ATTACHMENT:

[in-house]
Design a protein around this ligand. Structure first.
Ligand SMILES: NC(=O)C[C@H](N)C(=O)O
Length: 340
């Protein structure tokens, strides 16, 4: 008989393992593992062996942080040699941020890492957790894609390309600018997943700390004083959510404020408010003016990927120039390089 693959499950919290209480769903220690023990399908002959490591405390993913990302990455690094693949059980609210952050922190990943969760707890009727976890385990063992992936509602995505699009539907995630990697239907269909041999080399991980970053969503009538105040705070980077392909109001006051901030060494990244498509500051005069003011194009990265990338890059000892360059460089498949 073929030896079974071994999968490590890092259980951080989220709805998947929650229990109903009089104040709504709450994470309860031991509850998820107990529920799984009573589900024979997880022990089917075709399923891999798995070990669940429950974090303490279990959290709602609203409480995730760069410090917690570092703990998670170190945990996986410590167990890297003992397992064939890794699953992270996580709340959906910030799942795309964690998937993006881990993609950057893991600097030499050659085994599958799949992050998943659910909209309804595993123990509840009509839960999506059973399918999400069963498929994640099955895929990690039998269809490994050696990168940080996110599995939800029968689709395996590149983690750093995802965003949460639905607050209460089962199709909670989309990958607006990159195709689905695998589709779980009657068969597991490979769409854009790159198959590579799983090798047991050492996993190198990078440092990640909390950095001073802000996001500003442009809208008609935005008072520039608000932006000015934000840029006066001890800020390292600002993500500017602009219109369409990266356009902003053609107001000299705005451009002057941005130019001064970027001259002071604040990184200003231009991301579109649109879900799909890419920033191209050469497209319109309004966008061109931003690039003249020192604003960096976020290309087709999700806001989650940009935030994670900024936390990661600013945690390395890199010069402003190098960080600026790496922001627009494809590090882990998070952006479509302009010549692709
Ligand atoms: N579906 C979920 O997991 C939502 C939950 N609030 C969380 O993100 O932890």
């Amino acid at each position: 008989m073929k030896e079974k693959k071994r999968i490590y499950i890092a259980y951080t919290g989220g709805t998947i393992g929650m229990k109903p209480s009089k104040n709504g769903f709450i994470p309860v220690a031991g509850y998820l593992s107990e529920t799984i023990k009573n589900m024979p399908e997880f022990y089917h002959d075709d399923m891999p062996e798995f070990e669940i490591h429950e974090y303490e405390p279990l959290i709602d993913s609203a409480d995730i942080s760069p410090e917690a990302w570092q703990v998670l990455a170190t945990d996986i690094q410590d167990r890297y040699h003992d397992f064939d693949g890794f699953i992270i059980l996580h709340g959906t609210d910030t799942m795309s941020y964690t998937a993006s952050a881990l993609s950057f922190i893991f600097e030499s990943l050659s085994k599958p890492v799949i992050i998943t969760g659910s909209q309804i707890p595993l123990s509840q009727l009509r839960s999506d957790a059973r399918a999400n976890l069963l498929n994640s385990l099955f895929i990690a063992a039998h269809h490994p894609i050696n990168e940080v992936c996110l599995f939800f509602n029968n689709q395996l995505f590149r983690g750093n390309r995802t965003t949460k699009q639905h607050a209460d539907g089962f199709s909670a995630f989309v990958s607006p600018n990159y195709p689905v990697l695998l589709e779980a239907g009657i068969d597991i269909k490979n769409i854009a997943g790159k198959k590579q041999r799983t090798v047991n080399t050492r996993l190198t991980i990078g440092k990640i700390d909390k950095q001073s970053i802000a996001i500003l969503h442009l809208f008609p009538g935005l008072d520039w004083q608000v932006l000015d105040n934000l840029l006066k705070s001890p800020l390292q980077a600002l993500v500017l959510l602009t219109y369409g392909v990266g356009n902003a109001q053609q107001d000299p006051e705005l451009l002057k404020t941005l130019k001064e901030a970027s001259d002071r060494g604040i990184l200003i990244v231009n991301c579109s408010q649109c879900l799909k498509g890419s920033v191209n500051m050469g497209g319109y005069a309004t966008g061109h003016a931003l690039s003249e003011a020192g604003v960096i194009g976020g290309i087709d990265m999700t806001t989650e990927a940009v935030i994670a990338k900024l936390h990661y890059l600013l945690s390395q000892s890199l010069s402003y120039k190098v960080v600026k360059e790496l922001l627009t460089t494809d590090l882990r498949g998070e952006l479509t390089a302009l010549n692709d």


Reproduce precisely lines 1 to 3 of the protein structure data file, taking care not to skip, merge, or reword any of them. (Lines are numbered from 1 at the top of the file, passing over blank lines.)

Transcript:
[in-house]
Design a protein around this ligand. Structure first.
Ligand SMILES: NC(=O)C[C@H](N)C(=O)O